I'm Learning About: Cloudfront

April2019

When I first put up this website, alexkudlick.com, I was just hand writing html and hosting it on s3. I like s3 hosting for static websites because it's basically the simplest possible solution, with minimal fuss. My deploy process was just uploading files to s3, and I don't have any servers to manage or databases to administer.

I've gradually been making this website more and more sophisticated. I still host it on s3, but I don't hand write the html any more. Now I use next.jsto build the html from React components. I love next.js because it lets me compose a vocabulary of components to describe the content, rather than writing the content. For instance, the top of the file that creates this blog entry looks like:

export default () => (
  <BlogEntry
    title="I'm Learning About: Cloudfront"
    description="Things I'm learning from putting cloudfront in front of this website."
    publishDate="04-25-2019"
  >
  <p>
    When I first put up this website, <a href="alexkudlick.com">alexkudlick.com</a>, I was
...

When I want to write a blog entry all I do use a <BlogEntry> component, which automatically includes things like a <Layout>, <Title>, and publishing to my rss feed. It's the compositional nature of React that I find so useful; I can create more and more rich components by combining ones that I've already built.

There were some interesting learning experiences in making this change. I now have a build step that locally compiles my React javascript down to html and then pushes it up to s3. I wanted to only push the files that had changed, because I like a slim and lean deploy process that only takes seconds. But there was a problem combining next.js with aws command line tools - next.js overwrites all the html files on every build, even if they haven't changed, and aws s3 sync decides which files have "changed" by their time stamps.

So I had the opportunity to write one my first npm module, the cleverly named aws-s3-sync-by-hash, which does an s3 sync but determines changes by the hash of the file. If you're hosting content on s3, maybe this will be useful to you too!


So, static hosting on s3 has been going fine for me, but I have something I want to do that won't be feasible with just s3. I want to have private sections of the site that are protected by http authentication so I can share drafts of posts with select people. That's just not something you can do on s3 - there's no web server, so there's no way to put logic in between the user and the content.

I did some research, and it seems like this will be easy to do with cloudfront.  A nice side benefit would be enabling https on my website.

It was pretty easy to set up cloudfront. I just followed this aws guide to set up the cloudfront distribution. The next step was to point my domain alexkudlick.com to the cloudfront distribution. First I verified that the cloudfront distribution was working by directly visiting the cloudfront domain (d3n0iziqu9ovnv.cloudfront.net).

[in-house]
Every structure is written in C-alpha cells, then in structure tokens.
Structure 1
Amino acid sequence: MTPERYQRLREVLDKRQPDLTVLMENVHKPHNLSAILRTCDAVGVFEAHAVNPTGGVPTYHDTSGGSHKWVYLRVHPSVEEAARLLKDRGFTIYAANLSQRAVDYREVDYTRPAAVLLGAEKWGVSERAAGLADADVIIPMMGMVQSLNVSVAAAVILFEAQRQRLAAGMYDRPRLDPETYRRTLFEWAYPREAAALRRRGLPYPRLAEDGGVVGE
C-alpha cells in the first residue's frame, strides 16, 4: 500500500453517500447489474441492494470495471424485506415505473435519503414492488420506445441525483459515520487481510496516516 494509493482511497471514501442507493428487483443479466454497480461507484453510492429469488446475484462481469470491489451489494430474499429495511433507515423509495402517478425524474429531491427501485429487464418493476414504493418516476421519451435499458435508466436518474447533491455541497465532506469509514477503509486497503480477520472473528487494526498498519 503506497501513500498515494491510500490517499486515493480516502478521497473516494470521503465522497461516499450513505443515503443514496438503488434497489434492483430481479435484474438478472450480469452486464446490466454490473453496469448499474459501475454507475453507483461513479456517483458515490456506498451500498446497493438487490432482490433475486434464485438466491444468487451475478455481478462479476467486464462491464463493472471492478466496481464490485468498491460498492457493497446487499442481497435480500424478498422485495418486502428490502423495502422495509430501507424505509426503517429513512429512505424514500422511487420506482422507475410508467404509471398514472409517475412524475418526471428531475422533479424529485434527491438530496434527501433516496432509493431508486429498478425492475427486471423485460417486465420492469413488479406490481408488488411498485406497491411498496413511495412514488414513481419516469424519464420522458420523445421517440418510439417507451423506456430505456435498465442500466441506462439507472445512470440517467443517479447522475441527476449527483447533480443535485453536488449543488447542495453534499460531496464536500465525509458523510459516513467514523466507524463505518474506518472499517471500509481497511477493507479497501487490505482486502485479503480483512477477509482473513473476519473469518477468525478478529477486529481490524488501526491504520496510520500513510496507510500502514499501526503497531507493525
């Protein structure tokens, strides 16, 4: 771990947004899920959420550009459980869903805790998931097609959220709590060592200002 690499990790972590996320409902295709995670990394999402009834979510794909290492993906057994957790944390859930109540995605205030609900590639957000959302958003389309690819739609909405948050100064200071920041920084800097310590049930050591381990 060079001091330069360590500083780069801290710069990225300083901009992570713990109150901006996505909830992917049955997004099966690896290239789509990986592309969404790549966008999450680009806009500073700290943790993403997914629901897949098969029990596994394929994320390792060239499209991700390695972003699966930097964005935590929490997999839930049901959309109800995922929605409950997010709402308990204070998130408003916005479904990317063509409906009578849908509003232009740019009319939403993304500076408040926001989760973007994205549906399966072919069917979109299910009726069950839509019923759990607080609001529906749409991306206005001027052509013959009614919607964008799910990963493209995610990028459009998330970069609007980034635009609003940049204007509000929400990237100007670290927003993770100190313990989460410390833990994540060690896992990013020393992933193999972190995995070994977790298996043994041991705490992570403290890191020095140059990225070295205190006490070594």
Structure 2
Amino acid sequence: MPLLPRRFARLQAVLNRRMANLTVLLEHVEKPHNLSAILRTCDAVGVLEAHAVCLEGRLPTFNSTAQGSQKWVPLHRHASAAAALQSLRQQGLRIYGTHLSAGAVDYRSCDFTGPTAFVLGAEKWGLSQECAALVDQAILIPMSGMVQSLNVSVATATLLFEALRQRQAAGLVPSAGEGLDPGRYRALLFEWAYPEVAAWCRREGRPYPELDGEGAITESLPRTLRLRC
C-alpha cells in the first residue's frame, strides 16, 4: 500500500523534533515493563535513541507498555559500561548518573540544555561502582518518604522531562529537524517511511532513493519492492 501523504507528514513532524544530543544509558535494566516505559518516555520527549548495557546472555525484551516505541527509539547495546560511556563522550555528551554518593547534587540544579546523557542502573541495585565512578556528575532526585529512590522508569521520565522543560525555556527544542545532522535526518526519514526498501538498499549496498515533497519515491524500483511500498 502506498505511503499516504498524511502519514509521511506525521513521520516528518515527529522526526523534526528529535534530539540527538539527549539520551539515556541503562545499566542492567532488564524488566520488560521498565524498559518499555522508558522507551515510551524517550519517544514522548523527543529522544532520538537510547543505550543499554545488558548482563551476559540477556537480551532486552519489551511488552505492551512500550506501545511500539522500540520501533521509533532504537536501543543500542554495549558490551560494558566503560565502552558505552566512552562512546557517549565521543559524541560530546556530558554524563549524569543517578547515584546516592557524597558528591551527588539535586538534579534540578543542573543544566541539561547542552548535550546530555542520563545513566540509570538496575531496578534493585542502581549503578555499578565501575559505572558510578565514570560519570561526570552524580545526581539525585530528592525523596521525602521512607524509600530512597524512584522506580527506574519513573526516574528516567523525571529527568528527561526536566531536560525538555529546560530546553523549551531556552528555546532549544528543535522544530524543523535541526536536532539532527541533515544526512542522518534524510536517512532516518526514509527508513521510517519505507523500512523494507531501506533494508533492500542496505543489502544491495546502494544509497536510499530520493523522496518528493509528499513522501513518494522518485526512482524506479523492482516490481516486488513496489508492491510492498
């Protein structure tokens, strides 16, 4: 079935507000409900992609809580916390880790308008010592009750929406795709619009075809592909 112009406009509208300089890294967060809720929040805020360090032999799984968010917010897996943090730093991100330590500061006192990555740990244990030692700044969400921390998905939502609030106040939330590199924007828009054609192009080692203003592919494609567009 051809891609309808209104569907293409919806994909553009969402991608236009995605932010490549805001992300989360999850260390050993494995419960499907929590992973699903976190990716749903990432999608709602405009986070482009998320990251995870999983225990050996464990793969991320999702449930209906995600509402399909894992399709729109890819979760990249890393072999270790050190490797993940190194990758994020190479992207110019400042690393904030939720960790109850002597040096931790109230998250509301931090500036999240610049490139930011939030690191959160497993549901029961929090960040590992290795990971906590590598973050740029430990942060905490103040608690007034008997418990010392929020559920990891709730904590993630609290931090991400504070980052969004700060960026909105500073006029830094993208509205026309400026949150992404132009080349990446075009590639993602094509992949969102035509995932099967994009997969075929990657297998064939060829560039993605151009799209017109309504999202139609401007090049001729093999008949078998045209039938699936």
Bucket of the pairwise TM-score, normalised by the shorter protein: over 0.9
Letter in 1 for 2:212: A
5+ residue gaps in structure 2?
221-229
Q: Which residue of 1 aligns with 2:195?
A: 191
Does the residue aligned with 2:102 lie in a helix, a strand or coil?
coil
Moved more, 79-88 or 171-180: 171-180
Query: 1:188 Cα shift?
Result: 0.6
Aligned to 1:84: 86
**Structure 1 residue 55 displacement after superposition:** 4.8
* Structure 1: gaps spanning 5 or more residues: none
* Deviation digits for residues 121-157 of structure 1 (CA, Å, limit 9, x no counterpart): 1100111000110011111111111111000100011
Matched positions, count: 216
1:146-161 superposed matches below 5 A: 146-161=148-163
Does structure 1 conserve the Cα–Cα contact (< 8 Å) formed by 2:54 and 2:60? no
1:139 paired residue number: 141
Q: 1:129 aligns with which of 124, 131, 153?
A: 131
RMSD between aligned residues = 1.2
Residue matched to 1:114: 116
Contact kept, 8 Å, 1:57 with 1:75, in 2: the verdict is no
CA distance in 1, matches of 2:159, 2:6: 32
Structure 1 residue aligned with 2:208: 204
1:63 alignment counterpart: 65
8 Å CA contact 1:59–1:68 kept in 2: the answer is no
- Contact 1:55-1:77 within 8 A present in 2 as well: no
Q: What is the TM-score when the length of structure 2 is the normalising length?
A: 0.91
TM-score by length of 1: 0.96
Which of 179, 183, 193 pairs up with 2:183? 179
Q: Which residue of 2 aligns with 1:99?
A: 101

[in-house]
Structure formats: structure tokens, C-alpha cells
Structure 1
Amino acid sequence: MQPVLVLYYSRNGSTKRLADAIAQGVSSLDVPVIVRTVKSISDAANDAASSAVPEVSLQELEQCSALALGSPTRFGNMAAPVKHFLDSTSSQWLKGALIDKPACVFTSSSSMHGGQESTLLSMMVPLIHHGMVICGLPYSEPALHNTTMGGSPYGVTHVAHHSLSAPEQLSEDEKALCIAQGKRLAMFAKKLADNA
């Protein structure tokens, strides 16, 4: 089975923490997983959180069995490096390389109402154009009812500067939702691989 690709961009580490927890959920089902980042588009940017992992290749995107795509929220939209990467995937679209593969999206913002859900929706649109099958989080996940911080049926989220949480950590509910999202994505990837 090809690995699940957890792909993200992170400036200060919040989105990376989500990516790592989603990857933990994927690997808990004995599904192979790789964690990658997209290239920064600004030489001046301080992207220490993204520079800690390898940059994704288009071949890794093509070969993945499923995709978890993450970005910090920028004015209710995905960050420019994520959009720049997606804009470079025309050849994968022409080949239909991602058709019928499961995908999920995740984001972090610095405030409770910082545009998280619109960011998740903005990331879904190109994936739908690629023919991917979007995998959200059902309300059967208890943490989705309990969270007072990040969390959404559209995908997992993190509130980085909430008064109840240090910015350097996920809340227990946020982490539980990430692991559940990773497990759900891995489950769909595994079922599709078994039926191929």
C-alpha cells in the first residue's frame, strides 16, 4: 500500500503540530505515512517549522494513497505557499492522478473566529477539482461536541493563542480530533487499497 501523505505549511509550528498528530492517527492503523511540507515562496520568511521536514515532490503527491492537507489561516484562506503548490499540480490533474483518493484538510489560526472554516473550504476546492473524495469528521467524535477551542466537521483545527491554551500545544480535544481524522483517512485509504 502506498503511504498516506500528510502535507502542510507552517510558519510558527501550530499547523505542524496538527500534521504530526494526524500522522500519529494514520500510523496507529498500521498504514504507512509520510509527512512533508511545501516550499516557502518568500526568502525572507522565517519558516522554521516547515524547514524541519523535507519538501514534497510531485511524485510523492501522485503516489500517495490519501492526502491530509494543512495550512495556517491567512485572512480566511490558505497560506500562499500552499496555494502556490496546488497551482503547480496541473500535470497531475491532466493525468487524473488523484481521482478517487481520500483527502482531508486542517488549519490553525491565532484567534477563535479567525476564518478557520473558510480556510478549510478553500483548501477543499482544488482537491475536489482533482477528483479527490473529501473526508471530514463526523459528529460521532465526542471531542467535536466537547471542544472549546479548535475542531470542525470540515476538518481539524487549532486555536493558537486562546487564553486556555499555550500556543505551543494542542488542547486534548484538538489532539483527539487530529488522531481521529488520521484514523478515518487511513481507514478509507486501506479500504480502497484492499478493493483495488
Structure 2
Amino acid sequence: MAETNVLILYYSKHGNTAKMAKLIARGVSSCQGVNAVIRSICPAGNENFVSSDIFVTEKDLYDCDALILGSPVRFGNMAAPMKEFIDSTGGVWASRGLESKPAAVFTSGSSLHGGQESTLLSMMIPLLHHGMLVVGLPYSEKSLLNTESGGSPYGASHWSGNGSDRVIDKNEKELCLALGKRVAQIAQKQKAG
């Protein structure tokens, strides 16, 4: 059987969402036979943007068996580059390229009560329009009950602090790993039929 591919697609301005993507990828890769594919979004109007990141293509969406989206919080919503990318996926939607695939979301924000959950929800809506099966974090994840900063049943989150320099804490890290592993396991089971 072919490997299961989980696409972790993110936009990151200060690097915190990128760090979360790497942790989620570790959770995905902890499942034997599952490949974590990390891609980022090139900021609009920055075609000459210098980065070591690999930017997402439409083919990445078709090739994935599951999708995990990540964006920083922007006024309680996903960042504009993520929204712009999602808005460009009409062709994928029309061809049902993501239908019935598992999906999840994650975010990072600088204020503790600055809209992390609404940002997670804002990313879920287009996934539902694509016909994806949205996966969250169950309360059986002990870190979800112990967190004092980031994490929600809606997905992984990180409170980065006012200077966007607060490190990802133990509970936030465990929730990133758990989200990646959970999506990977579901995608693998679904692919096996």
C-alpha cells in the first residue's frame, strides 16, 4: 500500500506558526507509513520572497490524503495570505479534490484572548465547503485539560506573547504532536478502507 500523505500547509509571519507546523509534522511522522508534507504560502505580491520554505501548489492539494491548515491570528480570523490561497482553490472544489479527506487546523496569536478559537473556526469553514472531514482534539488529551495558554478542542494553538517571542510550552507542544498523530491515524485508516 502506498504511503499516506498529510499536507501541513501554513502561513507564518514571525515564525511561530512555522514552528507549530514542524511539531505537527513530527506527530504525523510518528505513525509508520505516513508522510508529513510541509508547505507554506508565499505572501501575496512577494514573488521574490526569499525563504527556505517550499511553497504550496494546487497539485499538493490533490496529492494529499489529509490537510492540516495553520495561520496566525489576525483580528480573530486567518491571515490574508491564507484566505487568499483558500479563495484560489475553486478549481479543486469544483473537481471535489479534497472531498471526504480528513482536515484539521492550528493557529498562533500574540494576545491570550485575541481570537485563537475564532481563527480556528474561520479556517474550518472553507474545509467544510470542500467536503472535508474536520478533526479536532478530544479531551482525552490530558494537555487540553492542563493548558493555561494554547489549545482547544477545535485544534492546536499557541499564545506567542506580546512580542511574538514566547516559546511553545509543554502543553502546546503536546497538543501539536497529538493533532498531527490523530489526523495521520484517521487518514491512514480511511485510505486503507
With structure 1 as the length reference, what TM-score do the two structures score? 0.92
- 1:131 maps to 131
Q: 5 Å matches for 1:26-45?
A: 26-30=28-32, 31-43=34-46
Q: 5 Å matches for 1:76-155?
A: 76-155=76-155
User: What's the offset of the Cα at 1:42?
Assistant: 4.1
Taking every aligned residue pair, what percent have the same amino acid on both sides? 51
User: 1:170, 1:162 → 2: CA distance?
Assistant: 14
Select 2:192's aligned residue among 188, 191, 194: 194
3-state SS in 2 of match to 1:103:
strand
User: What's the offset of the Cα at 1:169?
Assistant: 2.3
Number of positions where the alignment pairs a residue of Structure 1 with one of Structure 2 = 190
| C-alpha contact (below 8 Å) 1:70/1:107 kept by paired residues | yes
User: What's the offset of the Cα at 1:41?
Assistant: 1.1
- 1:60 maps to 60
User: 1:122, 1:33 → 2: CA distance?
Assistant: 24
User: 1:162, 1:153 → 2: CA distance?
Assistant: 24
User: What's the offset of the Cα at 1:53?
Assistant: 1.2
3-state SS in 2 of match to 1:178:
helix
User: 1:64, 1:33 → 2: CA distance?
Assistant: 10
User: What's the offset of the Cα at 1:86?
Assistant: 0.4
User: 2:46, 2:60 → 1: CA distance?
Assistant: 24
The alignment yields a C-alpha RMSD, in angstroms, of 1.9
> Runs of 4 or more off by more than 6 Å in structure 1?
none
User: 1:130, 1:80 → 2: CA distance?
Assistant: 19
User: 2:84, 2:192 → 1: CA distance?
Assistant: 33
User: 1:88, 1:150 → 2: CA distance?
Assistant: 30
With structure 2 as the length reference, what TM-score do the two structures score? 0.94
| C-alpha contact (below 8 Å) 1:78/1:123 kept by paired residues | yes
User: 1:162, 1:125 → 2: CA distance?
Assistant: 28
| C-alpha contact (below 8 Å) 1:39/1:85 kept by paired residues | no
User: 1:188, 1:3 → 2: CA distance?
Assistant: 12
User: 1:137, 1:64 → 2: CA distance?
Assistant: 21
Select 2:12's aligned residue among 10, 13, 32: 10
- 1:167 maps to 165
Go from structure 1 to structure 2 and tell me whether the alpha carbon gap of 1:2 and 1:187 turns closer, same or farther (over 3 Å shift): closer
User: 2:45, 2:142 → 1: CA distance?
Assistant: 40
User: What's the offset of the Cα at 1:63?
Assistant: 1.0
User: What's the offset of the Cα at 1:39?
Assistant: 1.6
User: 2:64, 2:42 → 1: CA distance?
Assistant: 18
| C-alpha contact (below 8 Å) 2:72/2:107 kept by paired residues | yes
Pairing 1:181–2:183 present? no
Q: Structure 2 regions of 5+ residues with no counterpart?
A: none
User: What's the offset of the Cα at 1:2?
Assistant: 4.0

Well, whaddya know, aws has another handy guide for connecting route53 to a cloudfront distribution. The only caveat is you have to wait for your cloudfront distribution to go to the enabled state, which can take up to fifteen to twenty minutes.

I set up my route53 route, visited http://alexkudlick.com (to check the https redirect), saw my home page and called it a day. Not bad for a few hours of work.

Later on that week, I was talking to my brother about my website and went to show him my last blog post. I clicked the Blog link at the top of my website, and was greeted with disaster:

All my pages besides the home page were broken. The problem was that I was relying on s3's default object behavior for subdirectories - you can configure s3 to serve a default object if the client requests a url that corresponds to a directory. In my case I configured it to serveindex.html. So if you visit https://alexkudlick.com/blog/, you will be served the file index.html in the blog directory in my bucket.

I tried to follow this adviceand changed the cloudfront origin to the s3 static website url rather than the s3 bucket, but that broke things even worse because of s3 permissions. I had changed my bucket permissions to allow reads only from cloudfront in order to prepare for having private sections. It wouldn't really make sense to have a private section that cloudfront guards with a username and password if people could just go directly to the s3 url. So the problem with setting the origin to the s3 url was that browsers would fail to fetch all the resources like css.

So I have spent the past hour trying to fix this problem. I really like to have urls that end in /, not /index.htmlbut I couldn't really get things to work even after making the bucket public again. To top it all off, there were problems where cloudfront was serving cached versions of my pages after I deployed new changes (why, cloudfront, why!???!), so I had to go through and invalidate cloudfront's cache. In my mind cloudfront should be using the etag header from s3 (s3 serves this up, right?) to decide when to invalidate the cache.

I had hoped to end this entry on a positive note. This morning I wrote it up, pushed it triumphantly, and then saw the broken css on /blog. I have to clean the house before I go pick up my daughter, so I'm throwing in the towel and changing all the urls to end with /index.html. I know, it's ugly. Perhaps I'll come back to this problem and try to learn more about cloudfront, especially its caching behavior.

Next I'll be working on a blog about building modular java applications with gradle. That will take a while to get through, so expect it to be a few weeks.